In 1998, Svoboda started working in the school system. He was assigned a job assisting two Grade 7 boys with autism. He knew little about the disorder, but immediately recognized there was a problem with how children with autism were taught about the social world. There was always someone watching them, giving them instructions and doling out increasingly stringent rules. “They never had a chance to learn for themselves. They never had a chance to make mistakes and be kids,” Svoboda says.
With the help of the mothers of the two boys in his class and that paperback book, Svoboda started the Autism Aspergers Friendship Society of Calgary (AAFS) in 2004. The organization is built around reframing how youth with disorders including autism, Asperger syndrome and attention deficit hyperactivity disorder learn and socialize.
Often, people with autism spectrum disorder are kept from noisy, jarring and unpredictable situations. But, at AAFS, Svoboda brings his youths to monster truck rallies and hockey games, and he encourages them to go camping and make movies. He begins each relationship by asking, “What do you want to do?” instead of telling them what to do.
Svoboda says it stems from wanting these kids to be kids, to be able to learn things organically. “It’s about giving them a community, a safe place to make mistakes and move past social boundaries,” he says.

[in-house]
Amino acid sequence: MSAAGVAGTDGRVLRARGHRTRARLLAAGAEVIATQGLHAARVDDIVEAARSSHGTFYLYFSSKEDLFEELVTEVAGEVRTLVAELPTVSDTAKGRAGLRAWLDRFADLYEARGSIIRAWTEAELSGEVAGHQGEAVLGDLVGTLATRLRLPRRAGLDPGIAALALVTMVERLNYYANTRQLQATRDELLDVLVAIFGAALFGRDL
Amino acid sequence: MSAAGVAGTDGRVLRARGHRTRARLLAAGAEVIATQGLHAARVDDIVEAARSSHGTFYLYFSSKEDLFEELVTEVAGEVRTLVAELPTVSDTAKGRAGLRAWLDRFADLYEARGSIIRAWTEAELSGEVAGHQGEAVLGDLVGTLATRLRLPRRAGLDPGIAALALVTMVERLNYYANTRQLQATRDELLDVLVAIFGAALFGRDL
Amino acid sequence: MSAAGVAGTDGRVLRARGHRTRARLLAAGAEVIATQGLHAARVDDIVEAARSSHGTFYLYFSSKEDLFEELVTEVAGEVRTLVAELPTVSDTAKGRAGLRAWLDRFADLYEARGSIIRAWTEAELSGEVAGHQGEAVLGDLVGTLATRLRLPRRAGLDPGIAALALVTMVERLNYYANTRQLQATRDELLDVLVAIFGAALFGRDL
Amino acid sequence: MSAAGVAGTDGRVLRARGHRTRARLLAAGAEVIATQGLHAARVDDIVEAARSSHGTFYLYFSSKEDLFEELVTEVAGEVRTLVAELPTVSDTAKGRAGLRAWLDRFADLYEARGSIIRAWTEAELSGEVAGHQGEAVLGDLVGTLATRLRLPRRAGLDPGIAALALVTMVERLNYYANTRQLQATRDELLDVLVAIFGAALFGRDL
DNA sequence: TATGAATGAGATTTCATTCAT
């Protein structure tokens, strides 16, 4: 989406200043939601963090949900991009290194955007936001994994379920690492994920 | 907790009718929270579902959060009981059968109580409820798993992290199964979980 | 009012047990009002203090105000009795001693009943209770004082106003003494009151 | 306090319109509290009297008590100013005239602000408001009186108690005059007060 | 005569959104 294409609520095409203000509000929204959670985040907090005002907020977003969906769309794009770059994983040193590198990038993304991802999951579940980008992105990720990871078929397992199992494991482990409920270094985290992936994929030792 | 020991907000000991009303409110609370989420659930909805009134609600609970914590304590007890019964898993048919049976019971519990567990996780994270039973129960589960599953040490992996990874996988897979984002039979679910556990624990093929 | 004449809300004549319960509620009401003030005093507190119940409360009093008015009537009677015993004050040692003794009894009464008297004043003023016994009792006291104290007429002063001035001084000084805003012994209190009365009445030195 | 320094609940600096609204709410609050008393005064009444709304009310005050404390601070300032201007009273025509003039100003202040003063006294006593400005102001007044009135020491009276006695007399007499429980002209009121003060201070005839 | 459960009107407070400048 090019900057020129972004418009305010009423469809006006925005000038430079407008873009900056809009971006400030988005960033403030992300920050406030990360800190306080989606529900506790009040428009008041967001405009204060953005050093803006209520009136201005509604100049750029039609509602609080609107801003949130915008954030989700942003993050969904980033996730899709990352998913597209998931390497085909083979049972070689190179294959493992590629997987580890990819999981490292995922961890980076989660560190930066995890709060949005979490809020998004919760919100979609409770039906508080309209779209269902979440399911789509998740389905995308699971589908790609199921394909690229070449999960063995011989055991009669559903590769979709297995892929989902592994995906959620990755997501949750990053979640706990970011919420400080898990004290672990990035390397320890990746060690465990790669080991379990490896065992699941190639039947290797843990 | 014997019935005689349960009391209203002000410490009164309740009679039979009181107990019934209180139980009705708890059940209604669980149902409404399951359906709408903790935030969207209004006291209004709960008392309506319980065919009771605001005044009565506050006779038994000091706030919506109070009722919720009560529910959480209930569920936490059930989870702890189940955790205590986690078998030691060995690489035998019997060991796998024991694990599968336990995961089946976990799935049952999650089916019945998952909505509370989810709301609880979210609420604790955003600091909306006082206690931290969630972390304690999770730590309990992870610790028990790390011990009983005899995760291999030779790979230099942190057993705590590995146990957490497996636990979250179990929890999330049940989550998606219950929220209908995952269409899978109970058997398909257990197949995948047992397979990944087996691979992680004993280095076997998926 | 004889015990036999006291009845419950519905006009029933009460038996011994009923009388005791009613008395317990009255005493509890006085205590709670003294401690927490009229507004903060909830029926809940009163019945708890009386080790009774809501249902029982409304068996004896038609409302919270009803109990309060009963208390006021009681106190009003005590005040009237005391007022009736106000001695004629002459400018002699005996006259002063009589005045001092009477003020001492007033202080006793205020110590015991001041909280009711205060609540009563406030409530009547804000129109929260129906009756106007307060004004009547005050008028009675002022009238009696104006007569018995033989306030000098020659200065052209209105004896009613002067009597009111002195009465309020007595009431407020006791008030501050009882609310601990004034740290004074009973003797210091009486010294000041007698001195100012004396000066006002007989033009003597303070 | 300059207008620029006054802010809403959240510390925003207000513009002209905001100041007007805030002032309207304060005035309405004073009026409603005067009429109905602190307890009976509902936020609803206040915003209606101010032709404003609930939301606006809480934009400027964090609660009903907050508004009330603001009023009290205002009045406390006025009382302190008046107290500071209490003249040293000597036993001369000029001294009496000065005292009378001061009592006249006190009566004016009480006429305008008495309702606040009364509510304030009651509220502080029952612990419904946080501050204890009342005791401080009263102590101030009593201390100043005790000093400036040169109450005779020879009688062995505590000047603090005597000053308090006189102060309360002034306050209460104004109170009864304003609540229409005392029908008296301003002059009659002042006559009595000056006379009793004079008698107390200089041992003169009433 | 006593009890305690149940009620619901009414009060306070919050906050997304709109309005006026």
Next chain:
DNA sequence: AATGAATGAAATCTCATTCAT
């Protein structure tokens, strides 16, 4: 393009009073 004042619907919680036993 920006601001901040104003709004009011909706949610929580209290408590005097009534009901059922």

With autism rates rising from one in 150 children diagnosed in 2002 to one in 88 in 2012, Svoboda says most programs have waiting lists that last months. He built AAFS to fill the void and offer options. AAFS started with seven families and now includes 600 members and has 25 employees. Programming has increased from 500 hours in the first year to 2,500 each month. “It’s all about needing a place to belong,” Svoboda says.
3 Things About Dean Svoboda
- Dean Svoboda was runner-up at Social Innovation Fast Pitch in November 2012, winning $15,000 and various consulting services for AAFS.
- He was nominated for a Lifetime Achievement Award from the Calgary Autism Community Network in 2011, but declined, saying he had too much left to do.
- Svoboda coached AA hockey in Calgary throughout his 20s.
Follow Dean Svoboda on Twitter: @svobods